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Goodbye Twitter?

Posted by Bob Jonkman on 14th January 2013

No Twitter logoJon Newton writes:

Goodbye Twitter

Twitter […] has become a hard-core marketing vehicle, with all that implies.
[…]
With several hicups and false I’ve been posting on identi.ca for quite a while; but I can’t see any point in continuing with Twitter.

On identi.ca I can at least be fairly certain people are following because they’re genuinely interested 🙂

That’s a principled, honourable, and brave move.

I’m as strong an advocate of Free, Libre, and Open Source Software as anyone, but I’m still making use of Twitter because of the network effects — there are so many people I find interesting on Twitter that the pain of using it is less than the benefit. On the other hand, the people I find interesting don’t use Identi.ca because there aren’t enough other interesting people there…

Of course, I’m not seeing much of the promotional material on Twitter because I use other software such as Pidgin and Mustard to view the messages. More F/LOSS applications to keep me safe from commercialism.

Another reason I probably won’t abandon Twitter altogether is because I’m also an advocate of keeping a (low) profile on the mainstream services (such as Facebook and Google Plus), simply to prevent others from acquiring my username and hijacking my identity. So I only post to Identi.ca, but Identi.ca sends those messages to Twitter automatically, and again I don’t have to deal with Twitter’s rampant commercialism.

Hopefully your good example will encourage me (and others) to take the next step and reject Twitter completely. You’ve given me something to think about.

–Bob.

No Twitter Logo is based on twitter-logo by The Daring Librarian, modified by Bob Jonkman. Used and re-licensed under CC BY-SACreative Commons — Attribution-ShareAlike 2.0 Generic — CC BY-SA 2.0.

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GNU/Linux resources in Kitchener-Waterloo

Posted by Bob Jonkman on 4th June 2012

Drawing of Tux the Penguin, mascot of the Linux kernel

Tux the Penguin, official mascot of the Linux kernel

More GNU/Linux Resources

People have asked me about GNU/Linux resources in K-W, so here are some of them, gathered in one convenient place. This is by no means an exhaustive list (yet). If you know of others, please let me know in the comments.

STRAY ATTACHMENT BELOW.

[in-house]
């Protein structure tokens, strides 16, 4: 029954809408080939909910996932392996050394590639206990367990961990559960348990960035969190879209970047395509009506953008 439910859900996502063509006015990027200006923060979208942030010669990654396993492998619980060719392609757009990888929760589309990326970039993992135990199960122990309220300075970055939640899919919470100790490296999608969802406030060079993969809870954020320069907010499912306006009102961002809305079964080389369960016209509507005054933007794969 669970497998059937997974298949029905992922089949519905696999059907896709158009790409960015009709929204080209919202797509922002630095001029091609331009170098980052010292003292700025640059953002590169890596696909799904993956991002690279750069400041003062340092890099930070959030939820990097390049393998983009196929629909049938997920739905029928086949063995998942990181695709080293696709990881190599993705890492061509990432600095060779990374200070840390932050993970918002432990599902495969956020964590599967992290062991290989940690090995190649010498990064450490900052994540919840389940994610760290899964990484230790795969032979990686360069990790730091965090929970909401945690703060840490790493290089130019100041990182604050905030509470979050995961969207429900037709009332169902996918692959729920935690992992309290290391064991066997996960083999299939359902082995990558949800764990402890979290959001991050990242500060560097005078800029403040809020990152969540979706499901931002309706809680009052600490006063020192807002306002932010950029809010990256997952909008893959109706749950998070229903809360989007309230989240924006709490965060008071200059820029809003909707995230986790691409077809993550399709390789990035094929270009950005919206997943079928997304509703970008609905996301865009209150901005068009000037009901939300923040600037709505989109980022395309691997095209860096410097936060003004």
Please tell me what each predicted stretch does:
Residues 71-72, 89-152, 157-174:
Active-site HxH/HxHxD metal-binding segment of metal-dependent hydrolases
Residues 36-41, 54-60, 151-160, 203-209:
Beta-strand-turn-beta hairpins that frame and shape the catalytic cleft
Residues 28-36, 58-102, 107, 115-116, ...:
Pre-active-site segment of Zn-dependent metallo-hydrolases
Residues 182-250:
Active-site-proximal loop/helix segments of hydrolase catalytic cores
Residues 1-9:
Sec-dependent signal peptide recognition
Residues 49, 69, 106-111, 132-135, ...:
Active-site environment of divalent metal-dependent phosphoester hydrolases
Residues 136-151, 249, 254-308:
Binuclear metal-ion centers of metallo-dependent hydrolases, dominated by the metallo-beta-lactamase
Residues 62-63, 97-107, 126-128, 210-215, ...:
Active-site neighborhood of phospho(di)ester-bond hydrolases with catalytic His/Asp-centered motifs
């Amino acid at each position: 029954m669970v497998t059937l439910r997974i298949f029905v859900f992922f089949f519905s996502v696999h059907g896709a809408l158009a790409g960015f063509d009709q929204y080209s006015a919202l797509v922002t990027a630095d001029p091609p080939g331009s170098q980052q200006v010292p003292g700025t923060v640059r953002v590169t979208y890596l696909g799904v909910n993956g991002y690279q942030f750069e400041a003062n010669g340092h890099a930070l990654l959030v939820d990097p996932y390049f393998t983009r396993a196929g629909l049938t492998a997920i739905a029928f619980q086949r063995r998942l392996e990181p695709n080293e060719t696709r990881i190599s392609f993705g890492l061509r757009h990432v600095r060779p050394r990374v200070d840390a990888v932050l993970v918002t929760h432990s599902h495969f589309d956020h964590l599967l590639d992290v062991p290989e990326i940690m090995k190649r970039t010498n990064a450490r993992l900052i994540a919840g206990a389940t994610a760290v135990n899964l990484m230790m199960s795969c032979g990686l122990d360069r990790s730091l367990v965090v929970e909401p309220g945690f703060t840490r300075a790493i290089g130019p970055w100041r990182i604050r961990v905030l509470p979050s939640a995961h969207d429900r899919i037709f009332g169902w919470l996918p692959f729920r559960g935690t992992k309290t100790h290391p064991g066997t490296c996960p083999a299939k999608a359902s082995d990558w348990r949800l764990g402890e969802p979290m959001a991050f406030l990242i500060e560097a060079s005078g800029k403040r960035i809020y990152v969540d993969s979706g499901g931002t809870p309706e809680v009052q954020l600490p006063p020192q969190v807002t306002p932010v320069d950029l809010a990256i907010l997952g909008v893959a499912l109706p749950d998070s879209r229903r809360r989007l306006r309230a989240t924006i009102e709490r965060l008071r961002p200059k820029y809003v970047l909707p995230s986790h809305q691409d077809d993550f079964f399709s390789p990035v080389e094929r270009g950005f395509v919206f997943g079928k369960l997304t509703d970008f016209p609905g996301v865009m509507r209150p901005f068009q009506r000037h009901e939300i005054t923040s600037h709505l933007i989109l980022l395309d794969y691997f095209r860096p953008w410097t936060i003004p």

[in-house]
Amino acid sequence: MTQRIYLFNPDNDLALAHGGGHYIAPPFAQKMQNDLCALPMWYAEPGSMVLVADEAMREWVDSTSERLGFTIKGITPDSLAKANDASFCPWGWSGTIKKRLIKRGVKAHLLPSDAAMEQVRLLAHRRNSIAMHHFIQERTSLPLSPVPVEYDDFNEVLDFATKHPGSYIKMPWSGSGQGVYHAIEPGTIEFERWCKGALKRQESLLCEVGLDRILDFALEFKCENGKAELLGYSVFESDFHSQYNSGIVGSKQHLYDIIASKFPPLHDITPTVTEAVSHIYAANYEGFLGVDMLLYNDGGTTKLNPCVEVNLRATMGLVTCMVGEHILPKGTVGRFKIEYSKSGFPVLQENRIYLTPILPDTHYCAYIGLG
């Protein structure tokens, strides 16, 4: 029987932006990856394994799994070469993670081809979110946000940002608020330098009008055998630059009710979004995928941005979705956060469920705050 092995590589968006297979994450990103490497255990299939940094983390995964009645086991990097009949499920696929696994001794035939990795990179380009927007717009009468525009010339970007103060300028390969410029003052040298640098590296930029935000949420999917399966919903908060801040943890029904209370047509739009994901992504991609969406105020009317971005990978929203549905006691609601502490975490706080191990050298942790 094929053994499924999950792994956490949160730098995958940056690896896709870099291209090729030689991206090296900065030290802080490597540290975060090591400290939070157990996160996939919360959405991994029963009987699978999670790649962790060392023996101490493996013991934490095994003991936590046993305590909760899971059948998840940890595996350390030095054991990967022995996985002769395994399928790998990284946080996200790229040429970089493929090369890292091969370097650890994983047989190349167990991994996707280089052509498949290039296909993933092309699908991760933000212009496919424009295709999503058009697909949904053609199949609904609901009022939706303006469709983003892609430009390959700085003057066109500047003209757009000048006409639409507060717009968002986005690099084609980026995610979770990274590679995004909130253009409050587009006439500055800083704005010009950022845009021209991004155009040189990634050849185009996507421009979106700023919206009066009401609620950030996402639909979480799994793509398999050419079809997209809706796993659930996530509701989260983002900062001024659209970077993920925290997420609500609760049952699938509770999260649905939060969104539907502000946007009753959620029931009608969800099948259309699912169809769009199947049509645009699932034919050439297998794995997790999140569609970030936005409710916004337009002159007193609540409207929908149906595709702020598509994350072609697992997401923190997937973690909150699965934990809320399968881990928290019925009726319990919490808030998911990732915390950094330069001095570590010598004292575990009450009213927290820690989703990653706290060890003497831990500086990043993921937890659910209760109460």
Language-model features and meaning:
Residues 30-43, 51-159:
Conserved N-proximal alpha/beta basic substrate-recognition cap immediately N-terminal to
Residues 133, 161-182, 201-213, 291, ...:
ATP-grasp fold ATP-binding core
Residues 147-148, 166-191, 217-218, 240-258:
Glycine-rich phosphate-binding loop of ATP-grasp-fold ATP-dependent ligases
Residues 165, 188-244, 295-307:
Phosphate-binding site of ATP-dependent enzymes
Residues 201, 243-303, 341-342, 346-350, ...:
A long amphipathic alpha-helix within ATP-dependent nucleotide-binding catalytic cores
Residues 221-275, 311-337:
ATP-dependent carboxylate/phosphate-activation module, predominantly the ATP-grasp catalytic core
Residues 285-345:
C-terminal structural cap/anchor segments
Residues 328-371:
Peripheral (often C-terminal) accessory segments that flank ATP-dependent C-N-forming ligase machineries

KW Linux Users Group — http://kwlug.org
The KWLUG mailing list for general discussion is where all the action is, along with a “Help” list for specific questions. Microblogging as @kwlug and !kwlug on Identi.ca and also @kwlug on Twitter.
Ubuntu Canada KW chapter — https://wiki.ubuntu.com/CanadianTeam/KitchenerWaterloo
There’s a low traffic Ubuntu-CA-KW mailing list. Microblogging on Twitter as @ubuntuwaterloo and on Identi.ca as @ubuntuwaterloo too, with a group at !ubuntucakw. Some members can also be found on the IRC channel #ubuntu-ca-kw on Freenode.net.

Ubuntu-CA-KW has regular Ubuntu Hours in Kitchener (first Friday of the month) and Waterloo (third Wednesday of the month) announced on Identi.ca, Twitter, and sometimes the mailing list.

Ubuntu Canada — https://wiki.ubuntu.com/CanadianTeam
Again, the Ubuntu Canada mailing list is where the action is, but there is also a web forum and the Ubuntu-ca.org website. Check out the Ubuntu Canada events listing. There’s an !ubuntuca group on Identi.ca, and many people can be found on the IRC channel #ubuntu-ca on Freenode.net.
Computer Recycling — http://theworkingcentre.org/at/comp_recycling/comp_recycling.html
Computer Recycling at The Working Centre sells refurbished computers pre-installed with GNU/Linux, and offers a repair shop with staff and volunteers who are enthusiastic and knowledgeable about GNU/Linux. Every Saturday is Ubuntu Day: 10:00am to 4:00pm, Hours are Tuesday to Friday, 10:00am to 5:00pm, at 66 Queen St. S. in Kitchener (use the entrance on Charles St).
Kwartzlab — http://kwartzlab.ca
You’ll also want to keep an eye on Kwartzlab, the local makerspace where many of the Ubuntu events are held. There’s a discussion mailing list for members and non-members alike. Visit the workshop on Tuesday Open Night, 7:00pm to 10:00pm at 283 Duke St. W., Kitchener.